Oct 2013 WEB - page 9

9
OCTOBER 2013
ASCB
NEWSLETTER
The sun floods into the Physiology course
break room at the Marine Biological Laboratory
(MBL) less than a block away from the narrow
inlet between the mainland and Naushon Island
that gives Woods Hole, MA, its name. Woods
Hole is at the shoulder of Cape Cod, a popular
summer vacation destination. In the harbor,
vintage sailboats carry sunbathers, giant ferries
take tourists to Martha’s Vineyard, and the MBL
work boat brings squid harvested from Vineyard
Sound to neuroscience labs. But the 27 graduate
students and postdocs who are enrolled in
MBL’s legendary Physiology course have little
time for the sights. Instead, the students use the
break room to refuel, analyze
data, and argue about PALM
vs. STORM or the latest on
tropomyosin. Then it’s back
to the Physiology lab where
the students live 16 hours a
day for seven weeks. Asked
about a famous beach up the
road, a Physiology student
sighed, “I’ve been there once.”
“Break room” is a bit of a
misnomer. The countertops
are littered with quick
rations and fortifiers—trail
mix, Skippy peanut butter,
a pair of coffee makers,
Folgers cans, an empty case
of Sierra Nevada Pale Ale,
and a family size container
of Chips Ahoy. The white
board features scrawled
multicolored formulas for
yeast bud initiation and mean curvature, as
well as a drawing of a guy with a Mohawk. In
the background, Bob Marley sings to students
focused on screens cluttered with the morning’s
data. The pace is grueling, and yet most of the
Physiology students love the experience. Woods
Hole in summer is that kind of place.
A Distinguished Legacy
MBL started as a research station in 1888
and since then 55 Nobel laureates have been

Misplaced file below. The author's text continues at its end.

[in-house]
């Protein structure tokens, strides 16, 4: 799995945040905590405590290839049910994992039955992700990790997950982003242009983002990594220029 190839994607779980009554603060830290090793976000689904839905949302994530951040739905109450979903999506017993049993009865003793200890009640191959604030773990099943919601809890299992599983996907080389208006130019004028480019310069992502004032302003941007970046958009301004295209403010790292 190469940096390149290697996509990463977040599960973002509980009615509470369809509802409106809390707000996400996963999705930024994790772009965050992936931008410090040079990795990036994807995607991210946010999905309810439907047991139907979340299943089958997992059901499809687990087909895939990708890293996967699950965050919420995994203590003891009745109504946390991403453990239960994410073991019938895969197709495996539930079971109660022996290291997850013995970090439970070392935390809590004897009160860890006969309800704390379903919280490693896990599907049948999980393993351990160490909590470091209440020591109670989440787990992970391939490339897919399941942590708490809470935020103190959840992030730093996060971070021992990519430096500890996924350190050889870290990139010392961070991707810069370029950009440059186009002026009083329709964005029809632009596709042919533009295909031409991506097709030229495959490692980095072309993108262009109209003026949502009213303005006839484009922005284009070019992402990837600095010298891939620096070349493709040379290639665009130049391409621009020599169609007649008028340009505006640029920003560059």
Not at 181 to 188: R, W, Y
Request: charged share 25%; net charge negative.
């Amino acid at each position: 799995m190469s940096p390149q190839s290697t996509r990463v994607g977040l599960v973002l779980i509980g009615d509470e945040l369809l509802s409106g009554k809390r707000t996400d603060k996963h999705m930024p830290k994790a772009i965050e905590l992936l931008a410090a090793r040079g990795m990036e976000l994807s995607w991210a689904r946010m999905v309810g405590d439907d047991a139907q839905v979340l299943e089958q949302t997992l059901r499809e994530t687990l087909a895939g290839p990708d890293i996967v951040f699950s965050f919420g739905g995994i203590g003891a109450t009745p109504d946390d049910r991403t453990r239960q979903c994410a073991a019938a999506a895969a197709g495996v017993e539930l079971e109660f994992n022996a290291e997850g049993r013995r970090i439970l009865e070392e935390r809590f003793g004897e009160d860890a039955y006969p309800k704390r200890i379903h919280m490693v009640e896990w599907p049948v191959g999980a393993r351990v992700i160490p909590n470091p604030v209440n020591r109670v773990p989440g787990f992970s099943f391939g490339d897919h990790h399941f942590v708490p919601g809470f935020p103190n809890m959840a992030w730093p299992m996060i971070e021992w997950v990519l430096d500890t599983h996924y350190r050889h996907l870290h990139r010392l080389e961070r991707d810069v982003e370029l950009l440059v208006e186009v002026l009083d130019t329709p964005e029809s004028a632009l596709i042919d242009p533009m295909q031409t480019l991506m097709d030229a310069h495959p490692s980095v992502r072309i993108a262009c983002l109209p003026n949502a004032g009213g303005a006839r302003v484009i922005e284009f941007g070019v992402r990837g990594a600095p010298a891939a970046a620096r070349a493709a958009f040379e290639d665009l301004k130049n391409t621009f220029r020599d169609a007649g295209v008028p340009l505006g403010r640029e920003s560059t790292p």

affiliated with the institution. This summer,
five Nobelists were there conducting research,
including Avram Hershko, who won the Nobel
Prize in Chemistry in 2004 for the discovery
of ubiquitin-mediated protein degradation.
Graduate students and postdocs come from
around the world to learn in 22 intensive
courses including Embryology, Neuroscience,
and Physiology. The Physiology course was
started at MBL in 1892 by the German-born
biologist Jacques Loeb, who was renowned for
his demonstration that sea urchin eggs could
be induced to develop into embryos without
sperm. It was the second course started at MBL,
just after the Zoology course.
Most students come because they catch
the buzz from former students about the
opportunities Physiology
offers—the chance to rub
shoulders with research giants,
the energetic environment,
and the long-term friendships
and collaborations that result.
Admission is competitive,
and students who get in
generally have part of their
tuition covered by their
home institution. Various
fellowships, grants, and
private donations cover much
of the rest, including room
and board in MBL dorms.
The course is intense but
distractions are minimized,
says Ron Vale, of the
University of California,
San Francisco (UCSF),
who discovered kinesin as a
graduate student at MBL and
is both a former Physiology course director and a
former ASCB president. “Back at the universities,
students have a lot of other things to do, like
thesis writing.” Vale says that being away from
everyday life—cooking, commuting, TA-ing, or
thesis writing—gives students time to focus on
the work.
Physiology kicks off with a one-week “boot-
camp” in which students learn biochemistry,
microscopy, image analysis, and the programming
software MAT-LAB. “The boot camp sets the
tone for the course. Computational scientists
are helping the biologists with MAT-LAB and
biologists are helping physicists with a protein
Working 16 Hours a Day on Cape Cod at the
MBL Physiology Course and Loving It
Most students come
because they catch
the buzz from former
students about
the opportunities
Physiology offers—
the chance to rub
shoulders with research
giants, the energetic
environment, and the
long-term friendships
and collaborations
that result.
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